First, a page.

Properties in  West Macedonia GreeceWest Macedonia is not as prosperous as the rest of Greece, and is mostly rural. It has a beautiful terrain of hills and mountains, with scenic lakes and forests. It has many secluded villages and only a few large towns. Known for its excellent wines and cuisine, it has long been isolated, but recently the Egnatia motorway has made it more accessible.

West Macedonia is focusing on developing tourism in the ski resorts in Lorina and Grevena, as well the towns of Kozani, Ptolemaida and Florina. All three have culturally significant sites.


Key residential areas
Florina, Grevena, Kastoria, Kozani

Florina

Europe’s only cedar forest is in Florina. It also has a national park that encompasses six lakes, lush valleys, and Byzantine monuments in Prespes. Its famous ski centre is found in the compact Vernon, Varnoutas, and Voras mountains.

Florina, its capital, is a cultural centre where local arts and customs are exhibited. In the quiet hillside village of Sklithro, many old homes are being renovated.

Grevena

Grevena is one of Greece’s coldest regions and has one of the best ski resorts in Europe, in Vasilitsa. It has thermal springs in nearby Kavasila.

Grevena, regarded as an important site for geological research, has a very small population. It has no pollution, as no industrial development takes place. It experiences slight but frequent earthquakes.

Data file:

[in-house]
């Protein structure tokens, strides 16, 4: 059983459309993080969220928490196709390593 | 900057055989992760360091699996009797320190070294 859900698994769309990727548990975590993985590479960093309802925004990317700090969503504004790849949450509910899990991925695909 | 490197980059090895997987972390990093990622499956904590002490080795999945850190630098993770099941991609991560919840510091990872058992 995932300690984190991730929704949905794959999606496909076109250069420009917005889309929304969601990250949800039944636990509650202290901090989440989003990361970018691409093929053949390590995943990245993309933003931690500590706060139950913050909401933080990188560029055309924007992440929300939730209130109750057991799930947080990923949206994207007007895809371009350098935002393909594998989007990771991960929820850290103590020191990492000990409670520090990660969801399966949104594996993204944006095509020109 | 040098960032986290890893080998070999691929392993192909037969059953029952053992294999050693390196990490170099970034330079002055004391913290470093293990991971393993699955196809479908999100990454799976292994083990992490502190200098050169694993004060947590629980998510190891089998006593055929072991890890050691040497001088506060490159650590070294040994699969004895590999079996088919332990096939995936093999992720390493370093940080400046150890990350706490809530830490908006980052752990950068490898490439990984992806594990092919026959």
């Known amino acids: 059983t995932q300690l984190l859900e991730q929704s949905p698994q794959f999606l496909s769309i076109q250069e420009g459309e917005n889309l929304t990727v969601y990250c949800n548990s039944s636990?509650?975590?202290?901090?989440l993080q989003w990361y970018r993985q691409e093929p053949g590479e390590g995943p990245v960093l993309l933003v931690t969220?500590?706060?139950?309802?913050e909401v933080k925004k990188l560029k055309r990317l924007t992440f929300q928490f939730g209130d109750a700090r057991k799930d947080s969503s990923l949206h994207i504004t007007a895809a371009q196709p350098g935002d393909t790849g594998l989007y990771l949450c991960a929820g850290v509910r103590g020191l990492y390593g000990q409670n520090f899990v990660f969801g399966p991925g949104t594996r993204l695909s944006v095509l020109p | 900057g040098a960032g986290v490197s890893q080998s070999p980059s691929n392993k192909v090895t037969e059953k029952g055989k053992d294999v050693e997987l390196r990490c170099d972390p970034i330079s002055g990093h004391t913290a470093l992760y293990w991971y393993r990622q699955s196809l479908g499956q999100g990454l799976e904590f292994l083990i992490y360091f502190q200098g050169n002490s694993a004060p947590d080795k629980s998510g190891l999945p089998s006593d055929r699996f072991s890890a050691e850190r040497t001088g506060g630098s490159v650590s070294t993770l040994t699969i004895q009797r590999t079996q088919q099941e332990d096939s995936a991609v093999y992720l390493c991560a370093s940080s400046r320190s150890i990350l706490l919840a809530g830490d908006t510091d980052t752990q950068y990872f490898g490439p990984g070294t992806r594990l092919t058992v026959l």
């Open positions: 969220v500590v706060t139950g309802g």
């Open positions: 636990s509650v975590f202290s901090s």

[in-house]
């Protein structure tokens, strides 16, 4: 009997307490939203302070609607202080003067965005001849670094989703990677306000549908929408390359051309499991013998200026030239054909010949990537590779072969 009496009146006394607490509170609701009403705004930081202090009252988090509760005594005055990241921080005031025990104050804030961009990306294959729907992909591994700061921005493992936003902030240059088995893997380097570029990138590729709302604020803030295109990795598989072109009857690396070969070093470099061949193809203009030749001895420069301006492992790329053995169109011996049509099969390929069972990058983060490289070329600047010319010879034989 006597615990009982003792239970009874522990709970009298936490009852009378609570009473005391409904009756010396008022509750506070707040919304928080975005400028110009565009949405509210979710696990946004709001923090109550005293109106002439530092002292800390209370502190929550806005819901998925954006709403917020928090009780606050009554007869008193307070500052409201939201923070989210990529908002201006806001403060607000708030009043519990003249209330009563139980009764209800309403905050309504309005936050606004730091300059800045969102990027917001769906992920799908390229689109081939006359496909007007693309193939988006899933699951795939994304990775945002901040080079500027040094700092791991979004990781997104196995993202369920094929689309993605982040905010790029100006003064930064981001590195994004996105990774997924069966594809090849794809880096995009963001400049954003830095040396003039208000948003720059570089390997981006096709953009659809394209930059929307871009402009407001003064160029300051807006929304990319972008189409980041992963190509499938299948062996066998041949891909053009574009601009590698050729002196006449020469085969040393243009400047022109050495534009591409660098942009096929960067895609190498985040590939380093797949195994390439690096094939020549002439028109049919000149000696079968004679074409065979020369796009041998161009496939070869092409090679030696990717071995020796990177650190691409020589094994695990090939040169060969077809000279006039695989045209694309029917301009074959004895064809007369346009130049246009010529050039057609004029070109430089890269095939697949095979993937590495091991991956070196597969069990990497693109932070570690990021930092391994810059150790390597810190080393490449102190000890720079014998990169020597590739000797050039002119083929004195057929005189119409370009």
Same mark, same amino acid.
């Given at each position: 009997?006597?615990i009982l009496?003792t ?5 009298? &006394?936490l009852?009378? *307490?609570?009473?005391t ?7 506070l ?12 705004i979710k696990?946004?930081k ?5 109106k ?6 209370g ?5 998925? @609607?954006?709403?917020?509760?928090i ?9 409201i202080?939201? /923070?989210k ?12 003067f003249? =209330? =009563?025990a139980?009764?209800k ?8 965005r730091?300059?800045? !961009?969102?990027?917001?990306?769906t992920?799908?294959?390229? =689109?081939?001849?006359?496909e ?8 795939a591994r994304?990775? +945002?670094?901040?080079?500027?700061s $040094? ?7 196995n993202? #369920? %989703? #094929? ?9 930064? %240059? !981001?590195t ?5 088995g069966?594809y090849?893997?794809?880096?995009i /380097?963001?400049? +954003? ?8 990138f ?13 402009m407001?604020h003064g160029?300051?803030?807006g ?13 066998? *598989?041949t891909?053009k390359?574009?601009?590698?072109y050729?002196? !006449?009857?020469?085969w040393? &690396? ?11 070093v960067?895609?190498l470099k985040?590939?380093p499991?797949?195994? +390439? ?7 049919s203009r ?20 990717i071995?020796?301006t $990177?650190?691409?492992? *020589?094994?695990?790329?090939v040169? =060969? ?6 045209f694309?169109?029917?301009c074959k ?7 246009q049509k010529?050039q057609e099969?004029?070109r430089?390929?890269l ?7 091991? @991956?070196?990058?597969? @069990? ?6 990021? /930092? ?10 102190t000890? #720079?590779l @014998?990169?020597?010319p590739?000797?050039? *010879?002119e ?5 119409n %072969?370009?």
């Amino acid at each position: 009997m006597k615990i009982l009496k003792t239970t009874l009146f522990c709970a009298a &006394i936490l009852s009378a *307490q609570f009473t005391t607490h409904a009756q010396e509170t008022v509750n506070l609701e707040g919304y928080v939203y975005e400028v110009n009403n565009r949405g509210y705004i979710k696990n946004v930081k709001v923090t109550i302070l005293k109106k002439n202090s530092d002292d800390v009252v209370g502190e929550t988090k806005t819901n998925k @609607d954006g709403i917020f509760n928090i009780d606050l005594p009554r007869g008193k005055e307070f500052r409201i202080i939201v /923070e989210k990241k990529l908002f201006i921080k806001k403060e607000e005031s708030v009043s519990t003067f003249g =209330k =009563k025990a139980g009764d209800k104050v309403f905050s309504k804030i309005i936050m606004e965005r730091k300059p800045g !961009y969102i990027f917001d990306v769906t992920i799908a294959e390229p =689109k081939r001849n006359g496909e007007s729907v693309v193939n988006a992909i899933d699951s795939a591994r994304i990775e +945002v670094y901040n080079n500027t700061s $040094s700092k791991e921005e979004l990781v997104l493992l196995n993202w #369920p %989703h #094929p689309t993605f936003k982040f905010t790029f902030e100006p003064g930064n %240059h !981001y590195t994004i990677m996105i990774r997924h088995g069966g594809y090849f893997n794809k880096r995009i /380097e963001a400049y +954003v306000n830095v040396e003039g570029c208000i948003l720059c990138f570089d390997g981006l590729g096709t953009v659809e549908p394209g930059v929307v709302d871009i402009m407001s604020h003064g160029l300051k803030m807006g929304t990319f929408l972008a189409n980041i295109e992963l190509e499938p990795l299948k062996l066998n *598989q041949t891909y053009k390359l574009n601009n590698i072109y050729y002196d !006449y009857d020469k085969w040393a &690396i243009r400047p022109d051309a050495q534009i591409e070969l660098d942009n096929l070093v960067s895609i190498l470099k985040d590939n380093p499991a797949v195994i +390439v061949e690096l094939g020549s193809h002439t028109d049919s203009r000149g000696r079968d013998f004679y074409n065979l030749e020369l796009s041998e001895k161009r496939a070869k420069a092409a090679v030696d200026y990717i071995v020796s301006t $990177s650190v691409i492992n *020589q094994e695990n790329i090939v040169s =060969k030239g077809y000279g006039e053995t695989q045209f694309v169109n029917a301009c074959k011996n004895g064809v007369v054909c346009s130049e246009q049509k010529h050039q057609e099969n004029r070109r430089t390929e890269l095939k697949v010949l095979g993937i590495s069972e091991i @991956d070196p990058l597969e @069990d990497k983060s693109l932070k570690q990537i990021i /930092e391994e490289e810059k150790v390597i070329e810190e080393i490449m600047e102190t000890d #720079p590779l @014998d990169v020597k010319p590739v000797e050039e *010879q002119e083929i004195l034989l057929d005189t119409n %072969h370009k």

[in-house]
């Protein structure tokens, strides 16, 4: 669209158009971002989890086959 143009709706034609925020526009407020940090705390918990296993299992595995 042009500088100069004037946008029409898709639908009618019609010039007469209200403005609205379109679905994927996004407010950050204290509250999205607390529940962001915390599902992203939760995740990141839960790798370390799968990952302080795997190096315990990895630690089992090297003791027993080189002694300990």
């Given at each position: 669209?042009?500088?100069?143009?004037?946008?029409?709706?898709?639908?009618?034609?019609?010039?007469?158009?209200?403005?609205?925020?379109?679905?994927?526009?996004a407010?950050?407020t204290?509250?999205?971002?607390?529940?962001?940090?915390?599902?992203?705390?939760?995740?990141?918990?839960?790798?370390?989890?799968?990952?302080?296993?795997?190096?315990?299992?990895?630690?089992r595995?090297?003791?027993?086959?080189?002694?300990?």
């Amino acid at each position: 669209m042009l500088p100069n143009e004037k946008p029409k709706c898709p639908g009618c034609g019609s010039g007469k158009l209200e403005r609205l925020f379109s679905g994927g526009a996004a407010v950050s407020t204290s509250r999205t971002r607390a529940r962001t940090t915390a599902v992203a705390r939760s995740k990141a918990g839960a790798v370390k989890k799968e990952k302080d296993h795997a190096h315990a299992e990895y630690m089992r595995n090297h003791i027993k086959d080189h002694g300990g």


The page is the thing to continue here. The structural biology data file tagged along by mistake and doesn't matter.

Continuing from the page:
Kastoria

Kastoria is famous for the high-quality fur coats it has been manufacturing since the 13th century. It exports them to Russia and supplies well-known European fashion houses.

Kastoria, its capital, is a charming traditional town with very interesting residential architecture. Seventeenth-century stone mansions owned by rich traders line its cobbled streets. Along the scenic lakes, one finds charming 16th century white houses with tile roofs. There are many stone churches in the area.

There aren’t many cars here. Bicycles are the more common form of transport.

Kozani

The mountain prefecture of Kozani is known for its saffron production. Mostly dry and barren, Kozani also relies on mining, its primary industry. Lignites mined in the region is used as fuel in much of Greece.

In Kozani, old houses have stone foundations and wooden upper storeys, with balconies overlooking courtyards with wells. These houses have rooms specifically built for summer or winter entertainment.

An 18th century clock tower in the town centre is a local landmark.


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